Kenya's first gay candidate knuckles down for bruising battleBy DAILY NATION | Wednesday, September 19 2012 at 17:03
Kenya's first openly gay man to run for elective office says he hopes voters in the east African country will view him as an honest person.
Mr David Kuria is running for the senate seat in Kiambu County of central Kenya, one of several elective positions created by a new constitution passed in August 2010.
But in a country where attitudes towards homosexuals remain solidly conservative, he recognises that his sexual orientation will pose an extra challenge for the already competitive seat.
"People may not see beyond the issue of sexual orientation and listen to my agenda," he told the Daily Nation, the country's largest circulating newspaper.
He has gone against the advice of many to marry and hopes that the discrimination he has faced will allow him to better represent others in Kenyan society who are marginalised.
The 40-year-old, who holds a Masters in Business Administration, says he has developed a campaign message based on reforming laws and other barriers that prevent access to HIV services, and on fighting poverty.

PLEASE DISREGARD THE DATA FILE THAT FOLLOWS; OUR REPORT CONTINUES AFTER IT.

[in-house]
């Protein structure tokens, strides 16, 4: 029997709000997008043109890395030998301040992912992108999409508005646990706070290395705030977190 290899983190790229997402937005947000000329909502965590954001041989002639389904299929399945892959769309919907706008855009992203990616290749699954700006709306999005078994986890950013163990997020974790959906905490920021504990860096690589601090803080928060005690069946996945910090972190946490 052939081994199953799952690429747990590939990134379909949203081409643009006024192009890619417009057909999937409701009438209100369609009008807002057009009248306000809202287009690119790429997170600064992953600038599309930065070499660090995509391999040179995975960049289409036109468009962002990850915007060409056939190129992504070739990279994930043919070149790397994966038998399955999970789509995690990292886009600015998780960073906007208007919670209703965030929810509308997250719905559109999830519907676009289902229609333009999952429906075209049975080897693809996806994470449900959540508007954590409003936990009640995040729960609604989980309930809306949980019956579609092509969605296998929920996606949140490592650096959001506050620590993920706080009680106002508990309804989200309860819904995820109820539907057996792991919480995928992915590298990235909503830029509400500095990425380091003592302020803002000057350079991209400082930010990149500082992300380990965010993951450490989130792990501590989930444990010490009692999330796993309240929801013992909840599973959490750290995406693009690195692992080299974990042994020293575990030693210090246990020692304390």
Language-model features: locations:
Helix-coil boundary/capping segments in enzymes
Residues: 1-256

He is presently the general manager of the Gay and Lesbian Coalition of Kenya (GALCK).
Kenyans online are already divided over his candidacy ahead of the March 4, 2013 poll.
"David Kuria should understand, first and foremost, that politics and honesty have absolutely nothing in common. Politics is about dishonesty, you need to begin from there," A blogger identified by his web handle of Rofi, wrote.
"We're still a conservative society," another blogger, Sang Kosi, noted.
Others are more encouraging. Said Joe Kitele: "Mr Kuria has every right to contest."
"Congratulations Mr Kuria for overcoming your fears by boldly coming out to contest for that seat...all the best, sincerely," said Ason.
And other readers remained on the fence.
"Since Mr Kuria has chosen to embrace gay life, he would just have to live with the social stigma the rest of his community that do not share his values in this regard may present to him. As long as he is not forbidden to campaign for his seat of interest, he should be content," Jean Obunde wrote.
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